Having already blogged a bit about one of my creative vanities, I now hope to tackle another, namely: writing jealousy. It’s something that I rarely ‘fess up to, but it’s a deep-down emotion that’s been haunting me for years. Whenever, I hear the good news about someone else’s book release, or someone winning a literary award, or making some kind of best seller list, I do feel happy for the person, but the happiness is inevitably coupled with a visit from the companion emotion of jealousy. Why am I this way? I’m not entirely sure, but at least part of it stems from a simple childlike feeling of “Why not me? Why am I not on a bestseller list?” Or, even more simply and realistically, “Why can’t I make a living from selling my books?”
Partly to blame here is the modern Media which is constantly feeding us success stories. Everywhere I look, I see them: Clever college students creating million dollar internet startups, Self-published writers making millions, An unemployed mom writing the most popular YA title ever. In the wake of all this exposure to an endless stream of success, it’s hard to not feel like there’s something wrong with me, that I’m just not clever enough, or that I might be cursed with bad luck.
I’m working on it, though. In fact, I think most of my friends would be surprised to know that I harbor such jealousy at all; that’s because I generally don’t let it affect my speech or actions. I don’t complain or whine (except occasionally to my very patient wife), and lately I’ve taken it a step further. I am making a conscious effort to see other’s success as a good thing. If a book (any book!) or author (any author!) does well, that’s a good sign; it means that there are readers out there willing to spend money on more books. It’s a sign of health in the publishing industry, and this new philosophy of seeing any single writer’s victory as a victory for all writers has seriously toned down the jealousy level I feel when it comes to others’ creative triumphs.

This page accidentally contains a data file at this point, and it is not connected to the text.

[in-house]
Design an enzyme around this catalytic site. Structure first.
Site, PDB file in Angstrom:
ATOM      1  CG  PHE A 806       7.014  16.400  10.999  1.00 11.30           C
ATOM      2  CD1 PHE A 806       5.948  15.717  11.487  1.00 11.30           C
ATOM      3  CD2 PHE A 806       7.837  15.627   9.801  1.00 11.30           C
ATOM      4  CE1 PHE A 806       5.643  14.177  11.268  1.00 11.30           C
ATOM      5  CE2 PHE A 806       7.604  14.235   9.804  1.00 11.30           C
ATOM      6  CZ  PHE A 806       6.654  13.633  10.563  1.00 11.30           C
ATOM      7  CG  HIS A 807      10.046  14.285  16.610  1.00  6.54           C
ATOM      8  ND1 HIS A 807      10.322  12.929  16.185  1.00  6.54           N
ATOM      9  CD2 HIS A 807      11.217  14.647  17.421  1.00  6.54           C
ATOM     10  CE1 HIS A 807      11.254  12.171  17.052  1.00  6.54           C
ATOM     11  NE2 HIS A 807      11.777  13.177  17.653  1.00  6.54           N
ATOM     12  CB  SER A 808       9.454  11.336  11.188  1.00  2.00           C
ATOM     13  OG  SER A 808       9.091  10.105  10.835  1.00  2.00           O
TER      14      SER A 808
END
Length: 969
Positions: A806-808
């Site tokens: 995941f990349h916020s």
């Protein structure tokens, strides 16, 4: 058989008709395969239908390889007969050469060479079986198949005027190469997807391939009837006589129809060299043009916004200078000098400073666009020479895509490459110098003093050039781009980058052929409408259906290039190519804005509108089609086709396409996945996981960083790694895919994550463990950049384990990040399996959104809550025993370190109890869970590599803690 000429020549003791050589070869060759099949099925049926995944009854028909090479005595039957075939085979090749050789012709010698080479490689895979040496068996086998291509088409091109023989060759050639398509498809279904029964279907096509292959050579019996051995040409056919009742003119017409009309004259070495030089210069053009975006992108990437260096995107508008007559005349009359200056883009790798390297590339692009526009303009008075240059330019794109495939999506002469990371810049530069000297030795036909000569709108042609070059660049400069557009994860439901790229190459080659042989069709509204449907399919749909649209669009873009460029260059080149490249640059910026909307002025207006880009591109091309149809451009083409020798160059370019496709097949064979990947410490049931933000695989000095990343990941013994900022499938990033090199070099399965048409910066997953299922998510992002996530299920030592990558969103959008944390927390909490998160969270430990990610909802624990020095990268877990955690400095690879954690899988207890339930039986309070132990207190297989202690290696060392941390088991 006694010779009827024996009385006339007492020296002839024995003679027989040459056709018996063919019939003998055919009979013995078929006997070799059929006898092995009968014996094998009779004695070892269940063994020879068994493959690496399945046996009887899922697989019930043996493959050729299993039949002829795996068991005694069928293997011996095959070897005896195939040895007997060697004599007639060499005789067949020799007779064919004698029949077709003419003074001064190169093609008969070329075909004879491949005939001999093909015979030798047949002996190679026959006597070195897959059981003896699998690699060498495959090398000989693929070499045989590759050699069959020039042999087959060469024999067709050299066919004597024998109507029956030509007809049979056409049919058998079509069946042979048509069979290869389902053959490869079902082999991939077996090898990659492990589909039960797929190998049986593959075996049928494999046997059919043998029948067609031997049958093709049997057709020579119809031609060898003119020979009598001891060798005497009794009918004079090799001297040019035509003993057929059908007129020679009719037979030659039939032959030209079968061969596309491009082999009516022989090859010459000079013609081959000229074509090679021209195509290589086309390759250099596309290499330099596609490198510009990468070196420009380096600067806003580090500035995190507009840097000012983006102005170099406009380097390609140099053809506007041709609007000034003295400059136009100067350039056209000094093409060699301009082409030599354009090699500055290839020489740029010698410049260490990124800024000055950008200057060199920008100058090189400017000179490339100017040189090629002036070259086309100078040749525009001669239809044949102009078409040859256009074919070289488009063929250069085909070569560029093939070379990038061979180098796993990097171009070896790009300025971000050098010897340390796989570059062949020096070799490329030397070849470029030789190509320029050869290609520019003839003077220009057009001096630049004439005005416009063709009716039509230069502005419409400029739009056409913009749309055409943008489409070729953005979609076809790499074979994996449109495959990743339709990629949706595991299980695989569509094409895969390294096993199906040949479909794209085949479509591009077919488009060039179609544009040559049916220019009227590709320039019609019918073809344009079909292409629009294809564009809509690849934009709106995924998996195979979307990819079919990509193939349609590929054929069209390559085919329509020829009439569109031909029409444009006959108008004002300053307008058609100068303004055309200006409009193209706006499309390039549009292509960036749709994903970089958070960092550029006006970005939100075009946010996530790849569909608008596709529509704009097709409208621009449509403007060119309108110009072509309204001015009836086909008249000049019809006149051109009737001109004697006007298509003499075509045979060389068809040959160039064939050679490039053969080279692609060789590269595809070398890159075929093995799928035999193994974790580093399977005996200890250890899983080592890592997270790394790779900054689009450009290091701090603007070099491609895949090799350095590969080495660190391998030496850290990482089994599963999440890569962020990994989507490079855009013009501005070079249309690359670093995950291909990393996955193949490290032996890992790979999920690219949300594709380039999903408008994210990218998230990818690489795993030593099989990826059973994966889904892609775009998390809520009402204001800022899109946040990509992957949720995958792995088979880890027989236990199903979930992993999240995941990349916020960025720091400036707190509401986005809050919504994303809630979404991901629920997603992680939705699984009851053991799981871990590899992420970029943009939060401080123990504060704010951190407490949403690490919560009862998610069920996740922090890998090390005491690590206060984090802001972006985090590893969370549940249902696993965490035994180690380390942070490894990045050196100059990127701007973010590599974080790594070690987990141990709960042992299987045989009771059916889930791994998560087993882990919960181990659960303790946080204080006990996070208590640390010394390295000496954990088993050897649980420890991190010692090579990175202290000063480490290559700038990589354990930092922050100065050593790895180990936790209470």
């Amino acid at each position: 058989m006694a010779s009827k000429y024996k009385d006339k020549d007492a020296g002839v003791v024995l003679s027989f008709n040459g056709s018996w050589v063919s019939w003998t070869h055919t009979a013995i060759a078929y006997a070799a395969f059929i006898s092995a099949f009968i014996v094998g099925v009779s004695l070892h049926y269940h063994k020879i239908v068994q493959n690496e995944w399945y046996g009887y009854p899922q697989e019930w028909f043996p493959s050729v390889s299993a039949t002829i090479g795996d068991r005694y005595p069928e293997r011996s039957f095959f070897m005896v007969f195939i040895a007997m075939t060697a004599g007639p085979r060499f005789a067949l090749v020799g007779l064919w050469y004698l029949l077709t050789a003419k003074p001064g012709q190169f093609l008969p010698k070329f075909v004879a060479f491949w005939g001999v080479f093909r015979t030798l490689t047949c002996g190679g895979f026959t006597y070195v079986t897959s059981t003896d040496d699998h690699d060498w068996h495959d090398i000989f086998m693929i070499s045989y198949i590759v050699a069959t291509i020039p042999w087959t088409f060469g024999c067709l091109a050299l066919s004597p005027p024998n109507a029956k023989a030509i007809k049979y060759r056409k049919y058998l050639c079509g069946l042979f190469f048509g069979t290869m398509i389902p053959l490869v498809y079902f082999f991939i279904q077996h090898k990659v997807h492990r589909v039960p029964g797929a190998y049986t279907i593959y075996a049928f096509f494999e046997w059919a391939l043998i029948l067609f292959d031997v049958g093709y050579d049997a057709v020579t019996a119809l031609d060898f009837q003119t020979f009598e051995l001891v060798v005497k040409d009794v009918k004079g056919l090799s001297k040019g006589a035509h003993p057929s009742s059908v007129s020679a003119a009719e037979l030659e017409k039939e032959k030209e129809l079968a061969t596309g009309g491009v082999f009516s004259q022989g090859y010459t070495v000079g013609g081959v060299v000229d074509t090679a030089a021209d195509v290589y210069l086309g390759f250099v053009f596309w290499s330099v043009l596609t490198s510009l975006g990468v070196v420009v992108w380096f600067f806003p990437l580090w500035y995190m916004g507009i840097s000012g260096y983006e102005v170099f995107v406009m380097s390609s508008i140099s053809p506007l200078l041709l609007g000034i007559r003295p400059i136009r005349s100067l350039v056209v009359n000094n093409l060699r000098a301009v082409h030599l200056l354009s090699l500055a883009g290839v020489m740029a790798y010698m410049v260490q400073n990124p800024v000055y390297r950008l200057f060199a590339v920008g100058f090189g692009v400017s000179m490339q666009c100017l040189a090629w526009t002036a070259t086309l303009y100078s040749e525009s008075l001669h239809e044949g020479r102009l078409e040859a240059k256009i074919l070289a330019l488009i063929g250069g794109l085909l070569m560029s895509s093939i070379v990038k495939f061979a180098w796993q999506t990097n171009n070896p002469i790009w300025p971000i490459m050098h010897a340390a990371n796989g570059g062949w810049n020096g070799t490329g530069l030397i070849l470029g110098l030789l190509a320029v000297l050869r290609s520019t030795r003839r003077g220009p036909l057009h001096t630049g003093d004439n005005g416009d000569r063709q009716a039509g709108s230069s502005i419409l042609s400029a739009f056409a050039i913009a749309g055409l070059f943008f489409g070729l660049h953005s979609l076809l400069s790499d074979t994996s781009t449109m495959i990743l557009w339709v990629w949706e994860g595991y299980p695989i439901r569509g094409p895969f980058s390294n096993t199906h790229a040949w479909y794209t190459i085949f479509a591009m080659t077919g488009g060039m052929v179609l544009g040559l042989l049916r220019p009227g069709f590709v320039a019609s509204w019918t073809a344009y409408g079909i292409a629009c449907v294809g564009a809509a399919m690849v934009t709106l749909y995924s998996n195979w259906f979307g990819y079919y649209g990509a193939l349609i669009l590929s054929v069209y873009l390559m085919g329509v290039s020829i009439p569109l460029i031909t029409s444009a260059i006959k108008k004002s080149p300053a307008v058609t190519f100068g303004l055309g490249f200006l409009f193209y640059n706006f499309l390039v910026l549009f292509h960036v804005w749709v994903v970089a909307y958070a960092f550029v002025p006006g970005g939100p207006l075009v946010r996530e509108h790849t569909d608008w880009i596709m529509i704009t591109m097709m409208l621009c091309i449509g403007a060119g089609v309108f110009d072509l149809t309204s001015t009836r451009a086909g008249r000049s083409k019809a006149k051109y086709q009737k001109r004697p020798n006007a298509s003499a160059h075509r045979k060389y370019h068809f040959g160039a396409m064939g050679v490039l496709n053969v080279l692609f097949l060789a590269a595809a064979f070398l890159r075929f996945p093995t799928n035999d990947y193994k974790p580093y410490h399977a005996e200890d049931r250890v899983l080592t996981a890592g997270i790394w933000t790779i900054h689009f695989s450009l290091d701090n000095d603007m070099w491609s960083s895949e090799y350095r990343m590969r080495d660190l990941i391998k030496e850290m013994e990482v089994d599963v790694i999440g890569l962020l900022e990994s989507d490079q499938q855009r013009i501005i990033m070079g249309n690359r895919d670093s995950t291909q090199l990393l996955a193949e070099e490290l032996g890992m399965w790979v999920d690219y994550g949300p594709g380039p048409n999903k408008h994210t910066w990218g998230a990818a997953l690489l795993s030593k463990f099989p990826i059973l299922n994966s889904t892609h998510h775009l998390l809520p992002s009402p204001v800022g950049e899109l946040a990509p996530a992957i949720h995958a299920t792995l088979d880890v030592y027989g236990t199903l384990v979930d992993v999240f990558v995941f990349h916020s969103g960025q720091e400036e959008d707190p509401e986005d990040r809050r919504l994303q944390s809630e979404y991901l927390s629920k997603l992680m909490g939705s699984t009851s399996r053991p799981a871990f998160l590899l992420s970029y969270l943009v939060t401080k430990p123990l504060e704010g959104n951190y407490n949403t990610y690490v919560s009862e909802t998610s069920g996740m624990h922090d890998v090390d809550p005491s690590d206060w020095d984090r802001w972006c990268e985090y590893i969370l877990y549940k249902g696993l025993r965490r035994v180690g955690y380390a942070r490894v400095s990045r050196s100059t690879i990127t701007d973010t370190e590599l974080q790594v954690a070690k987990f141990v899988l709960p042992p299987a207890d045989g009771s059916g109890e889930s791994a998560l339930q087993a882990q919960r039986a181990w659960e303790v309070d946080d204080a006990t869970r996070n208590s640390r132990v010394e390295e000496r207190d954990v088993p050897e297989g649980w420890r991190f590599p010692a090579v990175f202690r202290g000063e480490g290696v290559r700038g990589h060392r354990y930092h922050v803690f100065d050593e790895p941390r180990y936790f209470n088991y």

But part of me also wonders if the jealousy isn’t a secret necessary. Because from time to time, that feeling of envy gives me a slow, angry burn, and it’s that burn sometimes keeps me awake until 2 am, finishing a chapter. It’s that anger that gives me the “guts” to send out yet another submission letter that I know- with painful certainty- will be rejected. So maybe it’s a core, key ingredient in writing success?
Finally, I’m curious as to whether such jealousy is common across all creative fields (and maybe athletics as well). Writers, of course, are notorious for being cranky. One of the most popular blogs by and about writing is Literary Rejections on Display, a cantankerousness and addictive blog (their motto is: Join the Revolution, Join the Pity Party) that chronicles rejections of writing across all literary strata. I don’t know if there is the such a blog for actors (Audition Rejected?) or academia (No Tenure For Me!) and maybe even college hockey (AAA Ice- All the Way).